The Children’s Book of Christmas Stories (circa 1922)

In an attempt to shield my daughter from some of the current commercialism of the Christmas holiday, her bedtime stories for the month of December this year came out of “The Children’s Book of Christmas Stories,” published in 1922. Our copy originally belonged to my grandmother, and it is a compilation of stories from many different authors/sources bound into a single book. It is quite refreshing to read stories that don’t center around a television character or Santa & his massive sack of toys! One of the most interesting parts of these stories for me is getting a glimpse into how young children were treated in generations past. Two specific examples stand out in my mind from this book:

  1. The Christmas Masquerade by Mary E. Wilkins Freeman, first published in 1892. This is a mighty strange story where the mayor hosts a Christmas Eve masquerade ball for all of the town’s children, personally sponsoring the children that cannot pay for costumes. At this ball, none of the children are accompanied by their parents, dinner is not served until midnight, wine is served with dinner, and the only food that is served (from what we are told) is bonbons! The band stops playing at 3am, and the children are sent home in their carriages. I realize that his is a fictional story (all of the costumes are under the spell of a magician!), but the author had to retain some level of reality in order to make her fiction believable, right? Children up until 3am, unattended, drinking wine & eating candy? I’m glad I wasn’t at that party.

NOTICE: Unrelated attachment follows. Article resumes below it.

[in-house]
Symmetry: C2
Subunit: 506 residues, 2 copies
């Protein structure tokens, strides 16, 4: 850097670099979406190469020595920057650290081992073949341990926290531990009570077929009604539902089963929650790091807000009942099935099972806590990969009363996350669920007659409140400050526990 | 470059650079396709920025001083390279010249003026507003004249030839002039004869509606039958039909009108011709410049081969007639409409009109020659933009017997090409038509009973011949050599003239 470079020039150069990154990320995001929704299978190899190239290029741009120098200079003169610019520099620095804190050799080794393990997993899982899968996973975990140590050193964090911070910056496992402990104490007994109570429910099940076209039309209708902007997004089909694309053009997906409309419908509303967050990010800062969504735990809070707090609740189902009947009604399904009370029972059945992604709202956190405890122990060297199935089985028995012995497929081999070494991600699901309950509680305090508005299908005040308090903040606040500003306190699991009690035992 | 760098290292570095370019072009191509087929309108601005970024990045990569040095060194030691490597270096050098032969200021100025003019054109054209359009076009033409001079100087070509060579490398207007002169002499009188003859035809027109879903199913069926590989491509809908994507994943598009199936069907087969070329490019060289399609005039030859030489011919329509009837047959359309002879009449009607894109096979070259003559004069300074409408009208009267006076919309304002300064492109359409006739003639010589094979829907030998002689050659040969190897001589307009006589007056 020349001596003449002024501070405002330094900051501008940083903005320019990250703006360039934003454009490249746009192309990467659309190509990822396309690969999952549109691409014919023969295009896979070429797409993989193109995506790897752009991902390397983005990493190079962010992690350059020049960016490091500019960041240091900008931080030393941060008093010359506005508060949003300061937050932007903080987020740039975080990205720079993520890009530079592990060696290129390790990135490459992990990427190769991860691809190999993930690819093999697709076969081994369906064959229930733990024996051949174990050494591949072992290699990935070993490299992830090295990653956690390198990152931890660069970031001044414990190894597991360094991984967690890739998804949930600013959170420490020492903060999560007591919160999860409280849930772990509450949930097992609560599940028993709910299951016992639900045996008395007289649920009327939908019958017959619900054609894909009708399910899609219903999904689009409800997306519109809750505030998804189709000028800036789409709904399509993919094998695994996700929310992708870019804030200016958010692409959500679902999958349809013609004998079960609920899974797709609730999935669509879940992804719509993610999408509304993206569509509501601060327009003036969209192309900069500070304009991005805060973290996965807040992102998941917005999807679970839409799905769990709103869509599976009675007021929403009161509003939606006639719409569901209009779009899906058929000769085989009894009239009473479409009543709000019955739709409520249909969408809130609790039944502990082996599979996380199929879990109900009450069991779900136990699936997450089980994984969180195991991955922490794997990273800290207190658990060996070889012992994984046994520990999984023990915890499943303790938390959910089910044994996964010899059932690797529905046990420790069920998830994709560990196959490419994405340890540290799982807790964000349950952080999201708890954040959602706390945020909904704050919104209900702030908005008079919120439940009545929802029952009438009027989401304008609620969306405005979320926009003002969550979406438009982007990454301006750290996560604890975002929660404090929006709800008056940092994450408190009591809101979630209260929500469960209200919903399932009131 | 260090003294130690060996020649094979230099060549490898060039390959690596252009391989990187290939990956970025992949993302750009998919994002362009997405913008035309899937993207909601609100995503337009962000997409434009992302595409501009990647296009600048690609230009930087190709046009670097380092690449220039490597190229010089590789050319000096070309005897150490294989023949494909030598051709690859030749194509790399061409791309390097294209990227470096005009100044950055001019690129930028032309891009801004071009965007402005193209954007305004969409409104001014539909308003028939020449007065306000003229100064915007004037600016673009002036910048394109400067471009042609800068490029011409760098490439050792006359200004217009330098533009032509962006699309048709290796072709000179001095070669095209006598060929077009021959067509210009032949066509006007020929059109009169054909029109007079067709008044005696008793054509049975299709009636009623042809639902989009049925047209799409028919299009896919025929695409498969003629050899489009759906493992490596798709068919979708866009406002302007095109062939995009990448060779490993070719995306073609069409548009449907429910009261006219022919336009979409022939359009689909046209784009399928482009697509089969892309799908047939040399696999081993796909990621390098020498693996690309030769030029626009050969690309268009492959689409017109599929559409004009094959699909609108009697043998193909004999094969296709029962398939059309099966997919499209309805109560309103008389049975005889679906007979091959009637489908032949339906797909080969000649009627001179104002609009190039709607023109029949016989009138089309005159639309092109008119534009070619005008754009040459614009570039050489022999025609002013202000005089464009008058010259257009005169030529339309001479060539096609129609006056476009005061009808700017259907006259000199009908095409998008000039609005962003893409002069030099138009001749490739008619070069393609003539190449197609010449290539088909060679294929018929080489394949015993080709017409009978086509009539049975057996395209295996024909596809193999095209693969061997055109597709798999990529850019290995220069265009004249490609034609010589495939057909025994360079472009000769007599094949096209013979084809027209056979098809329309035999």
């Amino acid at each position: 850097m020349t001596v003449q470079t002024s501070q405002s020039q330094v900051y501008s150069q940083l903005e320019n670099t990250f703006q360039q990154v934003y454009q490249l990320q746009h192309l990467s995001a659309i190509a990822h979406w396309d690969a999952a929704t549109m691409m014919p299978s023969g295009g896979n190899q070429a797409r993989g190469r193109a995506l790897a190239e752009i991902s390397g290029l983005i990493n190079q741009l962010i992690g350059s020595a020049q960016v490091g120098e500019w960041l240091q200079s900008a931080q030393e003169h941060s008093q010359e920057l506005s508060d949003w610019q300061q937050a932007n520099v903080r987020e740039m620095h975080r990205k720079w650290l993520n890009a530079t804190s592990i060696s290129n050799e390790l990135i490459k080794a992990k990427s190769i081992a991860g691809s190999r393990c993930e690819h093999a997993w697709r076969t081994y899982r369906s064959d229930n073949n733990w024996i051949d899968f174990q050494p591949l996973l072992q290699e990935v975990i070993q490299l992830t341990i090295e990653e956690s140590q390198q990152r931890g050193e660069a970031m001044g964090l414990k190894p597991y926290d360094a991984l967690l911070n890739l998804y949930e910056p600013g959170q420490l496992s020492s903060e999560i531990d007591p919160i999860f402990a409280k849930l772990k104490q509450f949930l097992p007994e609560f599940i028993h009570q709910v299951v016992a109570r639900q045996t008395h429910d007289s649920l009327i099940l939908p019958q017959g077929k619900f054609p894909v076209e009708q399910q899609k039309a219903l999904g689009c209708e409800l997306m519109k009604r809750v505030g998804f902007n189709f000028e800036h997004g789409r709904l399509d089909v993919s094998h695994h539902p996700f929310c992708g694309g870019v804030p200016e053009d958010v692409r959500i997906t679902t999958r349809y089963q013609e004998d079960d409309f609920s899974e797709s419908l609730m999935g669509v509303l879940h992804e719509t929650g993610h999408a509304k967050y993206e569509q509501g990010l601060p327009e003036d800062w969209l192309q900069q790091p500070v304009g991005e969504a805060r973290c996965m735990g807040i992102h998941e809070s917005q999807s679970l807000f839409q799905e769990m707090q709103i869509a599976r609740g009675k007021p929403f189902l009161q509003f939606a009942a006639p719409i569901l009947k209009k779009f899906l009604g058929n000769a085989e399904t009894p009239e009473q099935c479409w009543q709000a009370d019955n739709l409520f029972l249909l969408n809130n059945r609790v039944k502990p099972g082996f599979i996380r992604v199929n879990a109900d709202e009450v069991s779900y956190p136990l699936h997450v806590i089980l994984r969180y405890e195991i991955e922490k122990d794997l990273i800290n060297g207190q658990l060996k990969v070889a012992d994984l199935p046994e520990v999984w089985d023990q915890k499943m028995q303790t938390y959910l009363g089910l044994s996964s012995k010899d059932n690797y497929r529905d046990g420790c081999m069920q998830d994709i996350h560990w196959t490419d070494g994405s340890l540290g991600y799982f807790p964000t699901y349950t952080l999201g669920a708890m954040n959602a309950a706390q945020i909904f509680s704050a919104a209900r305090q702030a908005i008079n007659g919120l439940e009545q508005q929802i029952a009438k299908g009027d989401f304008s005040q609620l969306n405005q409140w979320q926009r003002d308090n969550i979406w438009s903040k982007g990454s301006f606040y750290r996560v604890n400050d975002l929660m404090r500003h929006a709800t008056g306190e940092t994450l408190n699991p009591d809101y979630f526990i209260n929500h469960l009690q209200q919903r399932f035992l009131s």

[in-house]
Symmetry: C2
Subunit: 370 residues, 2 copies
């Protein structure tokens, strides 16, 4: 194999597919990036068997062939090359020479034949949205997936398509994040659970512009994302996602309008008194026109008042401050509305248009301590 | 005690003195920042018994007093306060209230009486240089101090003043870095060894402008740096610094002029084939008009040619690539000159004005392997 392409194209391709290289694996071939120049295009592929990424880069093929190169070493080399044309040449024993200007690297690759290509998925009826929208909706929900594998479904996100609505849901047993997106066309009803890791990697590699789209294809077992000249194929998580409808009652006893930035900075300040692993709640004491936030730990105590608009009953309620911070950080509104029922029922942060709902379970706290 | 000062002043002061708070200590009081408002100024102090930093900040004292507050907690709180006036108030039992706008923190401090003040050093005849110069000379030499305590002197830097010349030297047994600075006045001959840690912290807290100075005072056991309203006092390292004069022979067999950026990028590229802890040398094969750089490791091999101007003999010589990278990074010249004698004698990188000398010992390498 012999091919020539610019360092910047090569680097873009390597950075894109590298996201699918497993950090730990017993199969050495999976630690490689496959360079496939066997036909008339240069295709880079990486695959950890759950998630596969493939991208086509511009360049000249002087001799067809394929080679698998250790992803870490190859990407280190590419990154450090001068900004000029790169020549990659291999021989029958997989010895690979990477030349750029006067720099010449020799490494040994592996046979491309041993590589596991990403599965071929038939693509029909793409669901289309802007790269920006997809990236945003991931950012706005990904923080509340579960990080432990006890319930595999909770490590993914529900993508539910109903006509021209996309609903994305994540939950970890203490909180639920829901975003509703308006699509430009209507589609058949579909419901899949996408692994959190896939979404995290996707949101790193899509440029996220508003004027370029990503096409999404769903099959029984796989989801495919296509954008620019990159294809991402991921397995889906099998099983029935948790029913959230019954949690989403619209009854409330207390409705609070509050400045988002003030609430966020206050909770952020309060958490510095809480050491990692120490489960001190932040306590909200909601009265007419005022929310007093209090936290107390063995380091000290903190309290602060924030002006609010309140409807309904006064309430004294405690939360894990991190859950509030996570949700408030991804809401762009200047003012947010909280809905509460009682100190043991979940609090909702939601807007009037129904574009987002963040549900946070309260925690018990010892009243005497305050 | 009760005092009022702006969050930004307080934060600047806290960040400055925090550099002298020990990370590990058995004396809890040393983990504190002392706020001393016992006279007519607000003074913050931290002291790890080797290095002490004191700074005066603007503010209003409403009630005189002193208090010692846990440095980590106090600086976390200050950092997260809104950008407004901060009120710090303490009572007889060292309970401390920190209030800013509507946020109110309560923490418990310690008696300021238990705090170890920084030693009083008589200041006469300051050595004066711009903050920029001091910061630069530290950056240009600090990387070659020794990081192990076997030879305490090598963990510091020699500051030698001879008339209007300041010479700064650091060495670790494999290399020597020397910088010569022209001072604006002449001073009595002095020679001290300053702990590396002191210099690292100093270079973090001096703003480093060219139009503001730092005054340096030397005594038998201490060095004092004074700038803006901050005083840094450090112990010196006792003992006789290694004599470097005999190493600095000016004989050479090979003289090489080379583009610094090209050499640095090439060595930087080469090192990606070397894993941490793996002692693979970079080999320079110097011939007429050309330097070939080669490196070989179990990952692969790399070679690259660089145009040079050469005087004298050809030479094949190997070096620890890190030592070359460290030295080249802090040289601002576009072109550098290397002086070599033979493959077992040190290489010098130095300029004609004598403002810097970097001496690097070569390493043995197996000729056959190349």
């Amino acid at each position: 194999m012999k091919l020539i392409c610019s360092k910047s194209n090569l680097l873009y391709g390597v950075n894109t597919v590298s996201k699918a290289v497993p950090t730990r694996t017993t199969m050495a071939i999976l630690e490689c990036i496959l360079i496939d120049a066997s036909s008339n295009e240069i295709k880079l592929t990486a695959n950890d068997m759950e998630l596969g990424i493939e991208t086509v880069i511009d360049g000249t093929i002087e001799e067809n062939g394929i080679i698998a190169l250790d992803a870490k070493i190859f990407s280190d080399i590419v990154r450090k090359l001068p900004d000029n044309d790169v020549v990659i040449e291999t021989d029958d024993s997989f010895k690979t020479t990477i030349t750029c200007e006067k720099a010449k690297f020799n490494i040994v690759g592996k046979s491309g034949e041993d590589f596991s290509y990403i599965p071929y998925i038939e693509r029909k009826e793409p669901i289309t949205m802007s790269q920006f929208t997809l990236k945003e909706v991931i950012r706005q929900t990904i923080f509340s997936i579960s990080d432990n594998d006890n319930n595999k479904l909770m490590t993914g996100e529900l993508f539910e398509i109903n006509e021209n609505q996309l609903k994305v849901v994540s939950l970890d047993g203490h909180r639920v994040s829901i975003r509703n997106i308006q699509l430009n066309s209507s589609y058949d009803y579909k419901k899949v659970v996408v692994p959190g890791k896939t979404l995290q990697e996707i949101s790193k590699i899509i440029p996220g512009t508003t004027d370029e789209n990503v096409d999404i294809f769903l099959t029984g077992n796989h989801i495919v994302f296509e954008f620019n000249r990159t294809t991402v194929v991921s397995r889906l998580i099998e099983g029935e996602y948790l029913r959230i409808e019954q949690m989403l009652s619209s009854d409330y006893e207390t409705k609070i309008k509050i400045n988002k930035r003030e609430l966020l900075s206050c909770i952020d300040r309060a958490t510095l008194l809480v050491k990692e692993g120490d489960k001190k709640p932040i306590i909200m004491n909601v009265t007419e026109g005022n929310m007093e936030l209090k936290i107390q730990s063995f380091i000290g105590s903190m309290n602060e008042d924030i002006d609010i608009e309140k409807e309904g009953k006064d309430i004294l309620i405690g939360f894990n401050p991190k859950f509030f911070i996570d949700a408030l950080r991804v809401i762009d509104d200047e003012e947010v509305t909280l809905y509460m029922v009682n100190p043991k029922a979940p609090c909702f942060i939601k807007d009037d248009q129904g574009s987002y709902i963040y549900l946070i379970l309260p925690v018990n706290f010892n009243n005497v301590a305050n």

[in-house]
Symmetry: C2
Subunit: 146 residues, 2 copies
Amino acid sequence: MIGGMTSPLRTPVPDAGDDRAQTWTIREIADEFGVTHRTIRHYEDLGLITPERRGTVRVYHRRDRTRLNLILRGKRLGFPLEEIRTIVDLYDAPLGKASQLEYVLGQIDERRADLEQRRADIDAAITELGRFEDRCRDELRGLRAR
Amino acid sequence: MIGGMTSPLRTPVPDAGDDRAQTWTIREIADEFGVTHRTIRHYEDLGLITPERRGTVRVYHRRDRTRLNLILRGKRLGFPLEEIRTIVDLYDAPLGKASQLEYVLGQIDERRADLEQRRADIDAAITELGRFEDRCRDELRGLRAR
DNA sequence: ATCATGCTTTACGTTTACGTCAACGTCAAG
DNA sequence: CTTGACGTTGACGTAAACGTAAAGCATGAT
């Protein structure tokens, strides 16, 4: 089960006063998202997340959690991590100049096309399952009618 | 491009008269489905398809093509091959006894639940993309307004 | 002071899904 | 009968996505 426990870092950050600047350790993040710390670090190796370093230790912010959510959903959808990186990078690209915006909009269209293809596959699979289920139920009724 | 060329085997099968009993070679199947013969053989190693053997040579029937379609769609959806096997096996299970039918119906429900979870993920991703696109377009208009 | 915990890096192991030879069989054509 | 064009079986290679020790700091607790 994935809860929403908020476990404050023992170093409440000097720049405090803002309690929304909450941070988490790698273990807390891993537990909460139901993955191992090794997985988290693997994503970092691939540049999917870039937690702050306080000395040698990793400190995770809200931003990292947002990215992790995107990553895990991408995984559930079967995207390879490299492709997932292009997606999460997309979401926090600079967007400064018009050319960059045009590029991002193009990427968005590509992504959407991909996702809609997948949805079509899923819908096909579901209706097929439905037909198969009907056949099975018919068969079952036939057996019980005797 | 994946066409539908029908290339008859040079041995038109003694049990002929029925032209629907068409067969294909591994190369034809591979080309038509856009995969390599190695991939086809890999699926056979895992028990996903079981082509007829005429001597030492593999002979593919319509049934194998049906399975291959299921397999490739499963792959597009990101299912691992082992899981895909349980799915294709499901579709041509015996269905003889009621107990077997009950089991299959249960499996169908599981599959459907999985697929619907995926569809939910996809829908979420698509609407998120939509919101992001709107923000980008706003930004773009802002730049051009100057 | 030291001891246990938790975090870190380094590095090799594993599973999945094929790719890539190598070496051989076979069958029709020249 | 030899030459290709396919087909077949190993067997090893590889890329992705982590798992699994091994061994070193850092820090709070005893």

2. Master Sandy’s Snapdragon by Elbridge S. Brooks, first published about 1889. This story is a glimpse into the 1611 Christmas of the English royal family. The author calls King James (of King James’ Bible fame) “cranky” and “crusty!” In this story, the royal children (ages 8 & up) play a Christmas Eve game called Snapdragon, which apparently is still played today in some families. To play, a shallow bowl is placed in the center & a small handful of raisins are placed in…one of them is the lucky raisin “pierced with a golden button.” If you choose the lucky raisin out of the bowl, you win. Easy, right? Wait, first you have to fill the bowl with brandy, light it on fire, and extinguish the burning raisin by eating it! I Googled it and it looks like this was a real thing back in the day. Can you imagine?!

It was quite refreshing in our age over what some may consider to be over-protection of children, to read these stories about how the children of yesteryear were viewed. What a stark contrast!

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